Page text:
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Books for those in ministry organizations who desire to take their leadership, teams, governance, and ministry effectiveness to the next level.

01 Feb '15

Every ministry architect needs a general contractor

Posted by T.J. Addington
If there is a secret to the significant change that the EFCA mission has walked through in the past eleven years it is that I did not attempt to do it alone but was joined at the hip with another - and then surrounded by a great senior team. Let me explain.

Like many leaders I am what I call an architect by wiring. God has given me the ability to see what can be and look five to ten years in the future. Like an architect I can envision what the ministry could be and the macro pieces that will be needed to see it happen. God has given the ability to think conceptually - which is what architects do. Many senior leaders have similar wiring. It is simply how God made me.

Architects, however have a different skill set than does a general contractor. Those who are wired as general contractors have the unique ability to take what the architect has drawn and ensure that it is translated into reality. Architects draw pictures while general contractors run process, hire sub contractors and make sure that the right thing is done at the right time so that things are done in order and properly. No architect is successful without a requisite general contractor and general contractors rely on the architect for the picture of what could be.

If you translate this into my world as a senior leader who paints the picture I need a general contractor who can help translate that picture into reality by finding the right people and running the right process to build what is on the picture one step at a time. If the skill of the architect is the picture, the skill of the general contractor is process.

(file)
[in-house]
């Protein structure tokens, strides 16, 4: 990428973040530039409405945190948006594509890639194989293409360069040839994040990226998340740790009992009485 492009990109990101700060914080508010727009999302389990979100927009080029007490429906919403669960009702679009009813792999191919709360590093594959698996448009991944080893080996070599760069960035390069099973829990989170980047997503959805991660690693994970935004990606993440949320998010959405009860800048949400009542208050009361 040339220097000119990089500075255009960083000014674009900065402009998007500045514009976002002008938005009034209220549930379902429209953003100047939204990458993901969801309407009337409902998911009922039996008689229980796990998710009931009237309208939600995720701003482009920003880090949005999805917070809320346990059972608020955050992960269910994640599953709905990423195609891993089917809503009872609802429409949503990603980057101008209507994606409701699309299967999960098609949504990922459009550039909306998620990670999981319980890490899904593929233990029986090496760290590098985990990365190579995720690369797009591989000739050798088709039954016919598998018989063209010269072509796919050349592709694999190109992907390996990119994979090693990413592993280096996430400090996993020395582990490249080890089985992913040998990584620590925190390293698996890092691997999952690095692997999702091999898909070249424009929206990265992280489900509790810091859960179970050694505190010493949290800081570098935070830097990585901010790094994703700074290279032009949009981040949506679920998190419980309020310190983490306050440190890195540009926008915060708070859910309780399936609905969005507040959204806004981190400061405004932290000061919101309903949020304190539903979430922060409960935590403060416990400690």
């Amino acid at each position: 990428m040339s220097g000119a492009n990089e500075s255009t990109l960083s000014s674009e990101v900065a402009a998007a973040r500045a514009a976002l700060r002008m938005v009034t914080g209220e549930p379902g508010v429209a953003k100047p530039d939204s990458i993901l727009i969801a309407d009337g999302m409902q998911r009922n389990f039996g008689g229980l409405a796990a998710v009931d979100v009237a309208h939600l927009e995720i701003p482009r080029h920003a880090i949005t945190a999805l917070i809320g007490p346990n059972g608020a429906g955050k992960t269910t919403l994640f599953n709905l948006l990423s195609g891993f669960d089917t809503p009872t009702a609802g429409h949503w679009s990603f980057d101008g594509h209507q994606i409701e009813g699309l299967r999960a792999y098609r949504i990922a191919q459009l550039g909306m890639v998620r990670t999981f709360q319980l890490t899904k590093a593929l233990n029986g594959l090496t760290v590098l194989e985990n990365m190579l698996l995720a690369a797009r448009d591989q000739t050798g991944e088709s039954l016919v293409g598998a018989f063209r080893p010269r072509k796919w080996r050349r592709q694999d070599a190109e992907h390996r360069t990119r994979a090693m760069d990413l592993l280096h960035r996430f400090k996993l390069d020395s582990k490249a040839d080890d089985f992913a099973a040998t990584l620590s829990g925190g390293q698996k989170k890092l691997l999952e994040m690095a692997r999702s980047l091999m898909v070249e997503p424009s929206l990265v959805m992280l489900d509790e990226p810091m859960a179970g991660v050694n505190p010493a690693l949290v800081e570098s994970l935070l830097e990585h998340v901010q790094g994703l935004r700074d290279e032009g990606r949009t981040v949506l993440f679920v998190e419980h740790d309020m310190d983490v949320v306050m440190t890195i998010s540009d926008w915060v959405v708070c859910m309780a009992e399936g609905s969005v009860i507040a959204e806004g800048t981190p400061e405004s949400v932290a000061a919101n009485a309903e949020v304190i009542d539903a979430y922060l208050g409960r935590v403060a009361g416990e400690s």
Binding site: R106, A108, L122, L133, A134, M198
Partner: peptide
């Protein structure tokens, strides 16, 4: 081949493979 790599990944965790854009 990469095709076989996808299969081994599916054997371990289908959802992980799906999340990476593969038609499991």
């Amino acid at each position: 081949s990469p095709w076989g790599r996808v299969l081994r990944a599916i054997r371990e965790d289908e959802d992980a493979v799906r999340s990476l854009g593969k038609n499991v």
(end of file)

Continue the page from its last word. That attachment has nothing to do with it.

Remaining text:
Ministry leaders like me need a general contractor like my sidekick Gary Hunter whose complimentary skills in running process can bring a ministry structure and strategy to reality. The partnership between myself and Gary were and are critical in building a fabulous senior team and running the change process we have been through. I could not have done it alone and I never ignore the counsel of my partner.

Senior leaders who operate without a partner to help build what they envision find themselves in trouble on a regular basis. The two skills are different but both are necessary to see success. It takes a non-threatened senior leader, however, because the general contractor's influence is found throughout the ministry. They may not be in front but they make it happen.

If you are a senior leader, do you have a general contractor beside you whom you work with, listen to and empower? If not you are missing one of the key secrets of long term success.

All of T.J. Addington's books including his latest, Deep Influence,  are available from the author for the lowest prices and a $2.00 per book discount on orders of ten or more.